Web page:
large eccentricity is again the case where trapezoidal shapes prevail for both the
compression and unstressed zones, Figure 5. In this case the maximum corner stress may
also be computed by using the formulae given in [1], i.e. by
v x
v y
2
v
x
v
x x
x
x t
y 2 B
2
3
tg ; 12
x
B
x
B
12
B
t
+
= o



.

\



.

\

+ = (8)
2
x
2
x
x x
x
max
t 12 B
t 2 B
tg B
V 12
+
+
o
= o . (9)
Type 4:
When the application point of vertical load V is within the regions denoted as 4 in Figure 4,
large eccentricity takes place as well. In this case the compression and the unstressed zones
are pentagonal and triangular, respectively, Figure 5. Exact computation of the corner
stresses proves to be rather complex for this type of stress distribution. However,
approximate formulae which may be considered adequate for practical applications are
presented in [1] as follows:
y
v
x
v
B
y
B
x
+ = c (10)
  ) 2 3 . 2 )( 2 1 )( 1 6 ( 9 . 3 12
B B
V
y x
max
c c c
c
= o . (11)
Gnay ZMEN
1525
Type 5:
The oval region encircled by a dashed line in Figure 4 is called the Secondary Core
which contains whole of the regions 1 and 4 and certain parts of the regions 2 and 3. When
the application point of vertical load V is outside of the secondary core, Excessive large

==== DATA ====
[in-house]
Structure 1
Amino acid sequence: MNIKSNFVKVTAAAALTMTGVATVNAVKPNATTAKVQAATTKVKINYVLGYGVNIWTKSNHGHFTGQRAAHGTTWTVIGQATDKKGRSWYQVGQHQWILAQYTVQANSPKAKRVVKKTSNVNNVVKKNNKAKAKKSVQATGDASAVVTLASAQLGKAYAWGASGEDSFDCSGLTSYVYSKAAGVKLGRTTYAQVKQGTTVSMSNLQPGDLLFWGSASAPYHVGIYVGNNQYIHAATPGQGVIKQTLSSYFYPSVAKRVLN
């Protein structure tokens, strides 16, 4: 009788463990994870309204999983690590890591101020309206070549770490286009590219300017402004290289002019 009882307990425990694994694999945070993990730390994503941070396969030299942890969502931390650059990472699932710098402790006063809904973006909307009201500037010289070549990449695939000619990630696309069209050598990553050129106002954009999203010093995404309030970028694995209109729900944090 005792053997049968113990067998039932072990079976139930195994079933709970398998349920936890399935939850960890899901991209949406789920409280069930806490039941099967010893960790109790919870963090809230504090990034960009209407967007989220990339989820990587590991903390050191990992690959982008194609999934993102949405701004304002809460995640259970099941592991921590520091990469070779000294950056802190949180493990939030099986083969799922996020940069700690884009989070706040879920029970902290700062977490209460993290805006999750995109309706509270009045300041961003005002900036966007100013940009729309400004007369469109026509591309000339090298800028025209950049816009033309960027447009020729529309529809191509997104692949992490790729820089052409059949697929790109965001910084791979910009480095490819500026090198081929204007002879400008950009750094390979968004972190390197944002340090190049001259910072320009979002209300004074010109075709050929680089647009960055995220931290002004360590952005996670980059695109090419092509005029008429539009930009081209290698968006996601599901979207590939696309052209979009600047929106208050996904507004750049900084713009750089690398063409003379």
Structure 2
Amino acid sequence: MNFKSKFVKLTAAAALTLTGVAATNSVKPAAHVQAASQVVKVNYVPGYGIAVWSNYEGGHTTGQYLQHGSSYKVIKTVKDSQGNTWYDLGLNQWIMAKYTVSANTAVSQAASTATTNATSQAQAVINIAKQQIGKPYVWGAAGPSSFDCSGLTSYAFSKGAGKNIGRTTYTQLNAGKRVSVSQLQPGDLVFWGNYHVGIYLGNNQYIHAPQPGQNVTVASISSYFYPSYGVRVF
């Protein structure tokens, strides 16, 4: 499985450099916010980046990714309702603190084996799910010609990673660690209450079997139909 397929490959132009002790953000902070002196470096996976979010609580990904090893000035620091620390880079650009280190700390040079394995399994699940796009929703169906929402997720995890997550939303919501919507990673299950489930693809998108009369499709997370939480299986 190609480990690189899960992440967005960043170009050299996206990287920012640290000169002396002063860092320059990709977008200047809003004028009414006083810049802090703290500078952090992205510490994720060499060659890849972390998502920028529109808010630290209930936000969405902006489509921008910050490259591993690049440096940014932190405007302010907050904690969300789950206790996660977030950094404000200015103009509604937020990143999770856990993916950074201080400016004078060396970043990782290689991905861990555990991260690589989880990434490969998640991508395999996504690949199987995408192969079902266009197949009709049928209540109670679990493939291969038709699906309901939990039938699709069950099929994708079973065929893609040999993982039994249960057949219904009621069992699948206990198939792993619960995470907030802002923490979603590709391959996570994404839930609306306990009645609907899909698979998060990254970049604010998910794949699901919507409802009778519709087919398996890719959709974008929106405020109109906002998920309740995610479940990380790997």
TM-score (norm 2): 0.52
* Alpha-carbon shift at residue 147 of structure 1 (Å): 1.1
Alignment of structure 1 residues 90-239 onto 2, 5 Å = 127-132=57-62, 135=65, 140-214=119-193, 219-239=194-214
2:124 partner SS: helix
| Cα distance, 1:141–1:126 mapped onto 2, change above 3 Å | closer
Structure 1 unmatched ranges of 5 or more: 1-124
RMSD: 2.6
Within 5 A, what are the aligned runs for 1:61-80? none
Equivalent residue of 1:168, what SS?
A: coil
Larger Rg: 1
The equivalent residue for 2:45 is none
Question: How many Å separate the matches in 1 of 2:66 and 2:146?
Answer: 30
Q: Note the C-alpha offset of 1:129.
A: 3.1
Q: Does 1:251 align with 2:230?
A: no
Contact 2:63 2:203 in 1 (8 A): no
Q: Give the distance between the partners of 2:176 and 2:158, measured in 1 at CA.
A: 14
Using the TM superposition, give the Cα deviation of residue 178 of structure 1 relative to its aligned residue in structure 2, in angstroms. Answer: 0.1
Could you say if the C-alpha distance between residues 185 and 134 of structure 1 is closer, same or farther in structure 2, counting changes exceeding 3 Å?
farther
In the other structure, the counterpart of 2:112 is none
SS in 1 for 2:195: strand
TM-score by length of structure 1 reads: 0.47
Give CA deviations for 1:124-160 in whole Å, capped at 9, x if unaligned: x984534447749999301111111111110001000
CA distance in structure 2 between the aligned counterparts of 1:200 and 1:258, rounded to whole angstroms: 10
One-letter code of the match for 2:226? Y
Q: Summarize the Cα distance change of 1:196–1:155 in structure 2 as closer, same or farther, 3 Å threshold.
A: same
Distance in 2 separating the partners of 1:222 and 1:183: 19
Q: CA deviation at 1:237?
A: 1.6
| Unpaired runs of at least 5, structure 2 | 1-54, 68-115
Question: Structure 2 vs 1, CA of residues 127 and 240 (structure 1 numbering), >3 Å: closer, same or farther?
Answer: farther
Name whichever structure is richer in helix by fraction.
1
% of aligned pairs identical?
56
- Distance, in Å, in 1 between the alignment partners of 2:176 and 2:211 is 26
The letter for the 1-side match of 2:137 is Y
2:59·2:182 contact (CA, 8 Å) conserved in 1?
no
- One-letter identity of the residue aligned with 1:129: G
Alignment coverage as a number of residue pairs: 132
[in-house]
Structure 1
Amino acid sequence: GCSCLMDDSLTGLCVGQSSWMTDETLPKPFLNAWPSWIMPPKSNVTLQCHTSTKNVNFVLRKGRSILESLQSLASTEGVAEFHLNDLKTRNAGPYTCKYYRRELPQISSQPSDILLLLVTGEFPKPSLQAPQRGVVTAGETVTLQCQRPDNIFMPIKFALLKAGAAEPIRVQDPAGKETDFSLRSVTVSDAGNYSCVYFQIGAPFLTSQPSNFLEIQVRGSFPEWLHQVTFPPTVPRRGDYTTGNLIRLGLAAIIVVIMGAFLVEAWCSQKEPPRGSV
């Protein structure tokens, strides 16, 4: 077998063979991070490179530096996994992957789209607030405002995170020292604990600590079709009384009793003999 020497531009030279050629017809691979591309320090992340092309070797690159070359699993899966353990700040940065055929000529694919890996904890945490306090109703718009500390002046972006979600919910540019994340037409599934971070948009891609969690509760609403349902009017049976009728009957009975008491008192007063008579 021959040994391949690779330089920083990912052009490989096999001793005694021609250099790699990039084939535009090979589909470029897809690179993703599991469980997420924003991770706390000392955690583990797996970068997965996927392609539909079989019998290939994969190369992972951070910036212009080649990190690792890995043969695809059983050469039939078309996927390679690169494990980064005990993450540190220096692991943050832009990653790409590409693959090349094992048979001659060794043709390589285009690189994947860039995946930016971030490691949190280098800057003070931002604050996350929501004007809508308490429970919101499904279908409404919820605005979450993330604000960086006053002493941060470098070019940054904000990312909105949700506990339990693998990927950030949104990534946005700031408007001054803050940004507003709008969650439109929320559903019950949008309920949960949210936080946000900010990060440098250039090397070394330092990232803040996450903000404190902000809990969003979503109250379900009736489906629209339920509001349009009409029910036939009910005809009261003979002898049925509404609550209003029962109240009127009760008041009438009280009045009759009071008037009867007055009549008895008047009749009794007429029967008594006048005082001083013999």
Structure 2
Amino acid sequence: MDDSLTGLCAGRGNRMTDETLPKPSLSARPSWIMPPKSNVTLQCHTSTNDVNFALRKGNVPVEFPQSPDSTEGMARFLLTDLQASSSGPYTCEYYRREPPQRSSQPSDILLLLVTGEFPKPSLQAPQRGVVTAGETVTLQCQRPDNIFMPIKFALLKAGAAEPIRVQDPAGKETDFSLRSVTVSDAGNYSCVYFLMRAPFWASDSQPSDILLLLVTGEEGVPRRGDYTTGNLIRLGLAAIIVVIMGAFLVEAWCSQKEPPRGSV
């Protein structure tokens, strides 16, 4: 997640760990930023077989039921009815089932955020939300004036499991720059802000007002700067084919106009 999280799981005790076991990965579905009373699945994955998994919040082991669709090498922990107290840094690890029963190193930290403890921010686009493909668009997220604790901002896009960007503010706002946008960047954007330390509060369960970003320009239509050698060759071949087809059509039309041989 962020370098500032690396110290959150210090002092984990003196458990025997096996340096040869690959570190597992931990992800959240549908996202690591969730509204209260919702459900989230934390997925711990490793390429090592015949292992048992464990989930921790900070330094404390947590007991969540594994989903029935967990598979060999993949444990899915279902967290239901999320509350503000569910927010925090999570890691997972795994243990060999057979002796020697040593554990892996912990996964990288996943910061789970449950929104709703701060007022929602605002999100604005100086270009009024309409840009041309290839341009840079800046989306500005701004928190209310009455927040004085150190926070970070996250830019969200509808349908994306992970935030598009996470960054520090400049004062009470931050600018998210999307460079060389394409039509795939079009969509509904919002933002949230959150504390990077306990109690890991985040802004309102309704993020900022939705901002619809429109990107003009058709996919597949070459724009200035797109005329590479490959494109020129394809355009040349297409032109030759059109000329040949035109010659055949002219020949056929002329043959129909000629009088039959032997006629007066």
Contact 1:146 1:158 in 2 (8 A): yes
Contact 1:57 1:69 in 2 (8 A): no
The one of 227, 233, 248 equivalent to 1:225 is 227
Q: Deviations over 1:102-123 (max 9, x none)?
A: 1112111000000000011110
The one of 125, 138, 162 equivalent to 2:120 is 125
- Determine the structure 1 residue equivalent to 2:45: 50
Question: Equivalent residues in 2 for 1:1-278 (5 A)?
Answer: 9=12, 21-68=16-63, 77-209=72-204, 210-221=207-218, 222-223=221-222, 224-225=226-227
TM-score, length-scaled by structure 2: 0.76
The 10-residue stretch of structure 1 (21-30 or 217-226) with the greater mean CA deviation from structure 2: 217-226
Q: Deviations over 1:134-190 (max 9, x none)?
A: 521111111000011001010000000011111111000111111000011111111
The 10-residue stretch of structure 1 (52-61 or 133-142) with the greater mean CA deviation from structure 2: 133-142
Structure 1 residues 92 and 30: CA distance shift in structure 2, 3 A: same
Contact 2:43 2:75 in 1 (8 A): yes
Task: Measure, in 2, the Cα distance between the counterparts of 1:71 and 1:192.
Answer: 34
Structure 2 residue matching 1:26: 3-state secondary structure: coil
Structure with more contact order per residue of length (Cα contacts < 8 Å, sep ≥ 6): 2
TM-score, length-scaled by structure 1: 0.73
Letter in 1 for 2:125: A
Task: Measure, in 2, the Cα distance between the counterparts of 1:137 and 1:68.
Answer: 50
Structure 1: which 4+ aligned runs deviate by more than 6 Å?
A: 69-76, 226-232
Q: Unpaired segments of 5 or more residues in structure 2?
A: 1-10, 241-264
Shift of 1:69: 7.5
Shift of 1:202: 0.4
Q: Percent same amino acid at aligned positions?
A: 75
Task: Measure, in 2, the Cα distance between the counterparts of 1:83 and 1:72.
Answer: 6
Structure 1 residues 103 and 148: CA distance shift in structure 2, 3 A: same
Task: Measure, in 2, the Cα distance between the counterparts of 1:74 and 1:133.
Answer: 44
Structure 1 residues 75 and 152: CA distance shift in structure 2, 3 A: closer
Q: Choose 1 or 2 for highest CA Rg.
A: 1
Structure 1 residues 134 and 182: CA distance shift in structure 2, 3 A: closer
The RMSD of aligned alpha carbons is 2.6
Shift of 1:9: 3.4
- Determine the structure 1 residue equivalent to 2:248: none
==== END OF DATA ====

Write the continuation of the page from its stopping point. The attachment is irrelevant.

eccentricity occurs. This case where the compression zone is smaller then the unstressed
zone should not be preferred in application. It is stated that, this type of stress distribution is
not allowed by some of the design codes, [1], [7]. The regions shown as 5 remain wholly
outside of the secondary core. In these regions, the triangular compression zones are
smaller than the pentagonal unstressed zones. Stress computation formulae for this type do
not exist in the references.
In this study, a method for base stress computation for the case of large eccentricity is
developed. The presented method is general, i.e. independent of the shape of the pressure
zone.
3. CROSS SECTION CHARACTERISTICS OF THE PRESSURE ZONE
The section characteristics of the pressure zone should be determined prior to stress
calculations. A footing base with pentagonal pressure zone is shown in Figure 6. This type
of pressure zone may be considered general, i.e. covering all the other types as special
cases, as will be explained shortly.